Take into consideration that hearing popular songs infused with inspirational and educational messages and lessons might spark and re-spark a motivation to get back on track toward your goals.

Here are the things I know about the event based on surveys we handed out, my own observations and feedback from my closest inner circle who were in attendance:

  • Most people want more.
  • Some people want less talking, but again they were there for open mic night and music, not talking.
  • People with diminished hearing could not hear me at all, so I would need a very good sound guy or girl to adjust the levels of the music so that there is a low sound bed underneath me while I’m talking. This means I would not want to talk over amazing guitar solos (or sax solos, or piano solos, or harmonica solos, etc.).
  • The pants I wore were not flattering.
  • The performance would have been better if we had done even a little practice.
  • The material would have been better if the integration between the lessons and music were planned and practiced.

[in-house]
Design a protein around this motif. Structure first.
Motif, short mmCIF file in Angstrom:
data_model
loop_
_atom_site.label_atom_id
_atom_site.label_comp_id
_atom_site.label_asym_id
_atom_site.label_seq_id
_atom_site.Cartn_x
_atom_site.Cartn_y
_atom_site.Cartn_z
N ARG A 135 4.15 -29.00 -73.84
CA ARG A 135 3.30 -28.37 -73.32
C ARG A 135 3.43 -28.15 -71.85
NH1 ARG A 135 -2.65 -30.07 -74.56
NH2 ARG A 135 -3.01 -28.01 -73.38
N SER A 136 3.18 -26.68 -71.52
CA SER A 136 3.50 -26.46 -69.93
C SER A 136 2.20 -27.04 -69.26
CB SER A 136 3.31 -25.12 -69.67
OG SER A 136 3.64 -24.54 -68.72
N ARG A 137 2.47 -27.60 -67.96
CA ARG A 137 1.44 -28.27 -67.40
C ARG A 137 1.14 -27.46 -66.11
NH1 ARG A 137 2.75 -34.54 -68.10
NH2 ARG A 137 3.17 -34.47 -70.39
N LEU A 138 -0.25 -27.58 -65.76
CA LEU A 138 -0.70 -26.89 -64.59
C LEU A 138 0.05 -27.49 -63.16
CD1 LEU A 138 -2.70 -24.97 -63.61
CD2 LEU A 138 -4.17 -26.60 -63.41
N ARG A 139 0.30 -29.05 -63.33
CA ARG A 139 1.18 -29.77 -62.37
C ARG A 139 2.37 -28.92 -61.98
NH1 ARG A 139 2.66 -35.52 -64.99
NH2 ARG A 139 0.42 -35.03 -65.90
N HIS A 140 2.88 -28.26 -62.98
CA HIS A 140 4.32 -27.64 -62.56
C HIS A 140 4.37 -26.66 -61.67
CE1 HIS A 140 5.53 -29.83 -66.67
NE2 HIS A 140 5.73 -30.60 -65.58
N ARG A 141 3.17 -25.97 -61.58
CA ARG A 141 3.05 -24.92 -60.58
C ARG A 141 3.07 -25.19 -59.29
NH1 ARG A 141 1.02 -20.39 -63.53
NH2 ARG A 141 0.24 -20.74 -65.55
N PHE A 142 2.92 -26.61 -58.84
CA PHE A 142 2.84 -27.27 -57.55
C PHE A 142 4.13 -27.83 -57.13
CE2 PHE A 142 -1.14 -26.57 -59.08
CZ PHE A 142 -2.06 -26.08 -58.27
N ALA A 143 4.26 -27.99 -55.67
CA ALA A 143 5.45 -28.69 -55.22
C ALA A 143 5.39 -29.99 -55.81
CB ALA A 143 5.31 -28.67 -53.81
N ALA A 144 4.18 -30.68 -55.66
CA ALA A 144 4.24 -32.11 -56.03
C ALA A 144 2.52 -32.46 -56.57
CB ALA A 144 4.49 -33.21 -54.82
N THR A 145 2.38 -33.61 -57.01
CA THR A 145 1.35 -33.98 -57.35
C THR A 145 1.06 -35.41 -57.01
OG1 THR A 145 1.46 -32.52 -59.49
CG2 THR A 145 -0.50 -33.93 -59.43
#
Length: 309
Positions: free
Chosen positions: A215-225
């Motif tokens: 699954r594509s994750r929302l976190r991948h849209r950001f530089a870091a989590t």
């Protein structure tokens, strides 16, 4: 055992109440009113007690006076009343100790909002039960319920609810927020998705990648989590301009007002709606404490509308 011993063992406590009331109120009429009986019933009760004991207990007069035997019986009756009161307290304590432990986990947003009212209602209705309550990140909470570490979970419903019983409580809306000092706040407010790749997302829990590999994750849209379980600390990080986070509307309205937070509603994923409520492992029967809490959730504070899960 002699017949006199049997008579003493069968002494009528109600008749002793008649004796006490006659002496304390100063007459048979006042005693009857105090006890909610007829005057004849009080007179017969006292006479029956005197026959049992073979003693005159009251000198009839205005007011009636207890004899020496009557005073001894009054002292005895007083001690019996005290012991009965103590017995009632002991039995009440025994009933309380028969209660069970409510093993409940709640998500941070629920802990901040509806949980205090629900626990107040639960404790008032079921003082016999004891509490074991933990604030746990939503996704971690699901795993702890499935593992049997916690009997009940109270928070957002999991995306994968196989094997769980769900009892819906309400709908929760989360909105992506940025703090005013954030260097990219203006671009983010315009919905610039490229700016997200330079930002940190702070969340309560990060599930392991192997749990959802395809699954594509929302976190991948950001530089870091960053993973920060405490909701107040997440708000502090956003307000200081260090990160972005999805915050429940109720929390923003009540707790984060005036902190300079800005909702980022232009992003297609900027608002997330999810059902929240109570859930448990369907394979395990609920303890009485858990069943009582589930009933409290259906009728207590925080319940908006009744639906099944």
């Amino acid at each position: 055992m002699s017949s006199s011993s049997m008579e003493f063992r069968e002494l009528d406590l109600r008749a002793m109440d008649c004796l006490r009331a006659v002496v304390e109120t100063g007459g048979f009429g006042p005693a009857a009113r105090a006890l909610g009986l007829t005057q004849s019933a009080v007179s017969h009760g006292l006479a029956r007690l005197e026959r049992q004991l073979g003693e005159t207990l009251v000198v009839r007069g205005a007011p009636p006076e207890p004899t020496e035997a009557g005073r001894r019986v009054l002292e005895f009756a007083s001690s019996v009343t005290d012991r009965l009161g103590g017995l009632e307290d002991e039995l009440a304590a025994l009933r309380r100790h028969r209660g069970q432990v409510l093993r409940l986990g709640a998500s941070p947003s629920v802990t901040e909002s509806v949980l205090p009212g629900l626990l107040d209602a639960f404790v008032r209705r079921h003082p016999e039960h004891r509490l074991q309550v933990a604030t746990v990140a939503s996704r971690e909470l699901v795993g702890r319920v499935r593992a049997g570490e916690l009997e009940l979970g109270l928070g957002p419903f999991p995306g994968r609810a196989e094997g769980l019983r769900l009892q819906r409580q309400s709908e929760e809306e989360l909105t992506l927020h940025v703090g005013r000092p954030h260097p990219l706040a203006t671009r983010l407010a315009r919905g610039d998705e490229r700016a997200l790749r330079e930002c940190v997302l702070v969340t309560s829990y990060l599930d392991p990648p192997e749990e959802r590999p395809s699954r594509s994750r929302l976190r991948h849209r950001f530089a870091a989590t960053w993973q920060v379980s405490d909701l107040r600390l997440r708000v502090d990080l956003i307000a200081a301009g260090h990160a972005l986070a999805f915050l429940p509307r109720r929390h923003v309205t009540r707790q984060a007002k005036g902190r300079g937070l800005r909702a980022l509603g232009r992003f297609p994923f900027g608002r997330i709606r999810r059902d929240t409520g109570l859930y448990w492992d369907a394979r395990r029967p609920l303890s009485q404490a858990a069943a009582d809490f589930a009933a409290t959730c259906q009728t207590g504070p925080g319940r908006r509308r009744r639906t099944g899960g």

• There were things that I could have said and asked the audience to better engage them in the experiment.

 

Things I still need to figure out:

  • I still need to test whether there is a better way to integrate the talking with the music, or maybe I need to sing what it is I want to say.
  • If people know there is going to be talking within the song, would they still want less talking?
  • Would I charge for this and how much? (I was told by one of my business coaches that people pay for music, and I do, and I have to weigh what is more in alignment with my mission. If I use this event to generate revenue, I would have more capital to reinvest in improving our products and technology.)
  • It if were free, would I be wiling to find musicians, sound people, event staff, and venues who would volunteer their time and resources? Would I find sponsors or would I start a non-profit and apply for grants?
  • Should I partner with a big name in speaking or music? (That one seems obvious, right? But whom?)

 

Please watch the videos and answer the questions posed below, either in the comments or you can e-mail me directly at Karen@epiccareering.com (or LinkedIn message me).  You can be honest; I can take it!

What do you think of the mini Career Revival Concert?

____ Yes, I want more.
____ It was okay. Not my cup of tea.
____ I prefer the traditional seminar.
____ Yes, I would pay for more.
____ I like the music part best and don’t want talking over it.
____ If this was part of a bigger event, maybe.
____ I wouldn’t go, but I’d recommend it.

 

You’re the best!